• Since keytruda is the only drug approved as first line therapy, PDL-1 testing is recommended. We test patients with newly diagnosed stage IV lung cancer if they dont have EGFR or other treatable mutations.

  • WE test using the Merck antibody. You are correct about multiple tests being available- the good news is many of them pick up PDL-1 expression at similar rate as their counterparts.

  • FtB_Travis I don't know why I can't hear I hear alot of stuff on hear.So I don't understand.

  • I sent you a message JoTaylor

  • My maintenance chemo schedule is Alimta every three weeks. Sometimes I go four weeks to accommodate vacation or Thanksgiving for example.Is there any research to indicate whether outcomes differ by having treatment every four weeks instead of three? Or long term side effects?

  • It should be perfectly OK to do it every 4 weeks whenever necessary. I don't think it makes a difference in outcomes.

  • MD_Suresh 2015 was a banner year for approval of lung cancer treatments, what do you think was the most important breakthrough and why?

  • I think immunotherapy and tagrisso approval are important breakthroughs in lung cancer. Immunotherapy now provides the hope that long term survival can be achieved for patients with advanced stage disease. Tagrisso fills in an unmet need for patients that develop resistance to tarceva, gefitinib or gilotrif.

  • Thank you for your answer!

  • Hi PhD_Adam -

    What does the future hold in terms of making more personalized medicine a reality?

  • I believe that right now we are in a transition period. Some personalized medicine approaches are being implemented and many are still being tested. We are generating lots of exciting and interesting data in the lab, the big question is what all this data means and how can we implement these new findings in the clinic. Research funding will continue to make this a reality.

  • Very true - research funding will continue to fuel progress. Thank you for all the work that you do.

  • Are there any immunotherapy options that work well for EGFR+ patients?

  • My hope is that combination approaches might help overcome the initial disappointment regarding lack of efficacy with PD-1 inhibitors in EGFR mutated patients. however, the research is still at a very early phase.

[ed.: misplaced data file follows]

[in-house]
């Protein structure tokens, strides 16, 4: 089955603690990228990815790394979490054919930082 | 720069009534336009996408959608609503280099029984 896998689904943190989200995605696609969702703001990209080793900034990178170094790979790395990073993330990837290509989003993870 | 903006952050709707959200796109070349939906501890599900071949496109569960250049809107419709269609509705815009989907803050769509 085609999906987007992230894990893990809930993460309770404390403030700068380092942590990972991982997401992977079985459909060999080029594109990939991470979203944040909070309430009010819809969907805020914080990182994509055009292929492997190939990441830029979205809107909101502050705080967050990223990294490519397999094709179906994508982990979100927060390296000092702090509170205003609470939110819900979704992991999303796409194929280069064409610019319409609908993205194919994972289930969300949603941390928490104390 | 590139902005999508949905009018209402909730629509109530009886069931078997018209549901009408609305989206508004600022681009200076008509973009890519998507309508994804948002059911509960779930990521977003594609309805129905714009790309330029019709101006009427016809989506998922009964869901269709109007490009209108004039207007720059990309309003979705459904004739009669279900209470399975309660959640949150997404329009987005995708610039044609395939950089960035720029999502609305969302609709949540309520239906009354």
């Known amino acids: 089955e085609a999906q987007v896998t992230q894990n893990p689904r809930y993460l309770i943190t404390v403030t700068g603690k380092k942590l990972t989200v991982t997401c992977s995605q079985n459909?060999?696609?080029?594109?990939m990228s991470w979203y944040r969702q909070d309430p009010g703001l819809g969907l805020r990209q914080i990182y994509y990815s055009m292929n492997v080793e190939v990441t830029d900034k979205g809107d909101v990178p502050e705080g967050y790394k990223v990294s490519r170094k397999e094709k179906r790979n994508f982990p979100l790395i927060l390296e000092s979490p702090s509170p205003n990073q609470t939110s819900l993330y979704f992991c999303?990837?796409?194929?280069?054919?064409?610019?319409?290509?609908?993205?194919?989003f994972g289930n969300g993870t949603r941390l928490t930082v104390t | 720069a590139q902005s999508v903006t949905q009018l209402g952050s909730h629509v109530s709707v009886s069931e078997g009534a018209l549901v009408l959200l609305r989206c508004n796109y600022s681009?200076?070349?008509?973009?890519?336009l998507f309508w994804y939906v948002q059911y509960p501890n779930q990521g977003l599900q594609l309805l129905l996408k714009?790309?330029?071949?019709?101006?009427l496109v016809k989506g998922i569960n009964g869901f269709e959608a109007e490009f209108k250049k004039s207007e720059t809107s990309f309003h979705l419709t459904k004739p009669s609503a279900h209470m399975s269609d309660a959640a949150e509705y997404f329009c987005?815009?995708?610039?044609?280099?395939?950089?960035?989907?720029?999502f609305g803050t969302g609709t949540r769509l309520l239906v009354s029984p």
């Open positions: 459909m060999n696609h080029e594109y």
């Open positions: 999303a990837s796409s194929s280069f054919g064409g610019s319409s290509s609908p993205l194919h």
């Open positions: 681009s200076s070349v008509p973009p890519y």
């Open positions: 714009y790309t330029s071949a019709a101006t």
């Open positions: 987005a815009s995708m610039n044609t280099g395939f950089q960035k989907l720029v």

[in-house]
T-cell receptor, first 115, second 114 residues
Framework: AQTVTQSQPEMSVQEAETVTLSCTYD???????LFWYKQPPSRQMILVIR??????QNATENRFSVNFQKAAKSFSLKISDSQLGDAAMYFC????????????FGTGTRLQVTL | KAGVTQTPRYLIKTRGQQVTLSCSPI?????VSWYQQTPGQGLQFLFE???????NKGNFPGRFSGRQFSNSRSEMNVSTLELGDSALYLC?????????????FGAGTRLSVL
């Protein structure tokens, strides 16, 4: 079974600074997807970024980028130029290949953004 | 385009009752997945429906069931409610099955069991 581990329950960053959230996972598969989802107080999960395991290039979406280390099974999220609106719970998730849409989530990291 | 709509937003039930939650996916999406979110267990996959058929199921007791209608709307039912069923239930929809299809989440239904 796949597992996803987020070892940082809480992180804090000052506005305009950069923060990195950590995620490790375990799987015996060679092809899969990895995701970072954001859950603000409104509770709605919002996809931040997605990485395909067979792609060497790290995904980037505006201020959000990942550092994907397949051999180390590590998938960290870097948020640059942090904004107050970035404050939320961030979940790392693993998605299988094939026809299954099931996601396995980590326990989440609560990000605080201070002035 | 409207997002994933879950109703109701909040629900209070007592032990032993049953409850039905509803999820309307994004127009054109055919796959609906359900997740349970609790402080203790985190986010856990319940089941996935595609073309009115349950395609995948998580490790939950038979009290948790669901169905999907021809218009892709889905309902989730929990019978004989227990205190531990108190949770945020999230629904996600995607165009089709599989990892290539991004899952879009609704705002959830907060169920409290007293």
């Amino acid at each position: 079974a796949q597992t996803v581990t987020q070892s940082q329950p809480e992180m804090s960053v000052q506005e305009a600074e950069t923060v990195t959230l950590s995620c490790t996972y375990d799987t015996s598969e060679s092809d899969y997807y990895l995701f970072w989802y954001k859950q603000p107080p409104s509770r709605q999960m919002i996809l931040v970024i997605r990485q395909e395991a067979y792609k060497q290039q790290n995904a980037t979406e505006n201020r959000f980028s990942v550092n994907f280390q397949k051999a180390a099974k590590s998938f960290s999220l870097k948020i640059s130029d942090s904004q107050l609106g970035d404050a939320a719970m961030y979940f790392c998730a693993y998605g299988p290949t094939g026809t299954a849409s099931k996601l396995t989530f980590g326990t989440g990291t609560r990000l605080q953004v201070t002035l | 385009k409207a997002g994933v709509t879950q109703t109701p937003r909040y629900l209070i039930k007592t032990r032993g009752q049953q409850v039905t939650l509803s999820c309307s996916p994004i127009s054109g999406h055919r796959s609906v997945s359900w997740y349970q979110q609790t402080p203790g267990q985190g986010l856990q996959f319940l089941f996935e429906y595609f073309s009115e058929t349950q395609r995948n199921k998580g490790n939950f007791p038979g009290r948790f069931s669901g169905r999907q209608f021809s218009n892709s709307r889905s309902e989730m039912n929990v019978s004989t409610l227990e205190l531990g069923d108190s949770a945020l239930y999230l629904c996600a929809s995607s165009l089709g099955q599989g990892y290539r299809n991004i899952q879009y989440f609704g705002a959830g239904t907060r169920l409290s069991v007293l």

• Thank you for your response.

  • Are there any clinical trials right now, both currently running and also in the process of starting up, that you think are especially exciting?

  • There are a number of immunotherapy combination trials that are exciting. I also excited about trials studying immunotherapy for early stage lung cancer after patients undergo surgery- this could be a way to increase cure rates.

  • Dano2222 asks: "Is it true that chemotherapy in not effective with lung cancer?"

  • That is not true. Chemotherapy still remains a major cornerstone for lung cancer treatment. It improves survival and quality of life.

  • Fasting to recycle damaged immune cells / regenerate immune system - can't quite believe the research on this and how it might fight cancer. Thoughts?

  • Not familiar with this. Is it from the primary science literature?

  • Thanks to everyone who participated. It has been our pleasure to be on this forum today.

  • Thank you so much Dr Ramalingam. You had great answers. Enjoy the rest of your day and the upcoming holiday!

  • Thank you everyone for the great questions! It was our pleasure to participate.

  • Thanks a bunch Dr Marcus! It was great to hear about the future of personalized medicine. We hope you enjoy the upcoming holiday!

  • It is now 2pm Eastern Time, which means we are going to wrap up this Ask Me Anything session.

    I want to thank PhD_Adam and MD_Suresh for taking the time out of their busy schedules to answer the questions from our community.

    Also, a big thank you to the HealthUnlocked staff for serving as proxies and asking questions on behalf of community members who couldn't make it.

    Thanks everyone who participated!

  • Thanks to all at Free to Breathe and to PhD_Adam and MD_Suresh for presenting this AMA. Great session with lots of good infor!

  • Great questions from you as well!

  • Thank you for this AMA, it was interesting and enlightening.